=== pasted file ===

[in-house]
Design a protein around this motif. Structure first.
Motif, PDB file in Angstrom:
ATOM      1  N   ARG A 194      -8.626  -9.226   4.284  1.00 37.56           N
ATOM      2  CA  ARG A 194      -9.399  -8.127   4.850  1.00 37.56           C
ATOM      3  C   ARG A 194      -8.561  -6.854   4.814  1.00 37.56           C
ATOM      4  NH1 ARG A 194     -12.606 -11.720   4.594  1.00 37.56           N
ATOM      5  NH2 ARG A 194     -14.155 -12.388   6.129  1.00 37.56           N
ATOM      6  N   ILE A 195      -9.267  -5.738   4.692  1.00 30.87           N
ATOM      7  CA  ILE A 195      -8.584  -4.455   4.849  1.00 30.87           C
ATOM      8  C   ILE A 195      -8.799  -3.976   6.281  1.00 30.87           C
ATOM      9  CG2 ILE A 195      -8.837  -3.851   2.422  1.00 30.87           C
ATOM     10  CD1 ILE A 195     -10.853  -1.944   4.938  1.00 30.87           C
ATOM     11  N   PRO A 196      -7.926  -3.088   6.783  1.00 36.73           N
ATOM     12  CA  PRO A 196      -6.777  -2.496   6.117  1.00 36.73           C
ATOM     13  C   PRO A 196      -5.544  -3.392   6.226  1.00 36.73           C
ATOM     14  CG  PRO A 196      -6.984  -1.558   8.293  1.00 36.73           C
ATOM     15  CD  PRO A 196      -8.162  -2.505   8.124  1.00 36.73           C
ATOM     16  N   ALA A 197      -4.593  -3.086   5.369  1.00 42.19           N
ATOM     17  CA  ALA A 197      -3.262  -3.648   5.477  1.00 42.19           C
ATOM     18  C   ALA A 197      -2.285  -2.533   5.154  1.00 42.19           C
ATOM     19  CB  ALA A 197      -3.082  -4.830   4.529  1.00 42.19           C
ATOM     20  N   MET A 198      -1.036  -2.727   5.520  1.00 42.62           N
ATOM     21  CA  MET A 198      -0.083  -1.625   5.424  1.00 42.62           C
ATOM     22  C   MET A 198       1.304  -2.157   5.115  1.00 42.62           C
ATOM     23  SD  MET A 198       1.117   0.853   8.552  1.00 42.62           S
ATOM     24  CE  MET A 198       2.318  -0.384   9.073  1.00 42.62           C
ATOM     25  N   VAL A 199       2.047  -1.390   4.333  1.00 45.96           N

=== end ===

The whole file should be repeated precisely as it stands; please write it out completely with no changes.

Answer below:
[in-house]
Design a protein around this motif. Structure first.
Motif, PDB file in Angstrom:
ATOM      1  N   ARG A 194      -8.626  -9.226   4.284  1.00 37.56           N
ATOM      2  CA  ARG A 194      -9.399  -8.127   4.850  1.00 37.56           C
ATOM      3  C   ARG A 194      -8.561  -6.854   4.814  1.00 37.56           C
ATOM      4  NH1 ARG A 194     -12.606 -11.720   4.594  1.00 37.56           N
ATOM      5  NH2 ARG A 194     -14.155 -12.388   6.129  1.00 37.56           N
ATOM      6  N   ILE A 195      -9.267  -5.738   4.692  1.00 30.87           N
ATOM      7  CA  ILE A 195      -8.584  -4.455   4.849  1.00 30.87           C
ATOM      8  C   ILE A 195      -8.799  -3.976   6.281  1.00 30.87           C
ATOM      9  CG2 ILE A 195      -8.837  -3.851   2.422  1.00 30.87           C
ATOM     10  CD1 ILE A 195     -10.853  -1.944   4.938  1.00 30.87           C
ATOM     11  N   PRO A 196      -7.926  -3.088   6.783  1.00 36.73           N
ATOM     12  CA  PRO A 196      -6.777  -2.496   6.117  1.00 36.73           C
ATOM     13  C   PRO A 196      -5.544  -3.392   6.226  1.00 36.73           C
ATOM     14  CG  PRO A 196      -6.984  -1.558   8.293  1.00 36.73           C
ATOM     15  CD  PRO A 196      -8.162  -2.505   8.124  1.00 36.73           C
ATOM     16  N   ALA A 197      -4.593  -3.086   5.369  1.00 42.19           N
ATOM     17  CA  ALA A 197      -3.262  -3.648   5.477  1.00 42.19           C
ATOM     18  C   ALA A 197      -2.285  -2.533   5.154  1.00 42.19           C
ATOM     19  CB  ALA A 197      -3.082  -4.830   4.529  1.00 42.19           C
ATOM     20  N   MET A 198      -1.036  -2.727   5.520  1.00 42.62           N
ATOM     21  CA  MET A 198      -0.083  -1.625   5.424  1.00 42.62           C
ATOM     22  C   MET A 198       1.304  -2.157   5.115  1.00 42.62           C
ATOM     23  SD  MET A 198       1.117   0.853   8.552  1.00 42.62           S
ATOM     24  CE  MET A 198       2.318  -0.384   9.073  1.00 42.62           C
ATOM     25  N   VAL A 199       2.047  -1.390   4.333  1.00 45.96           N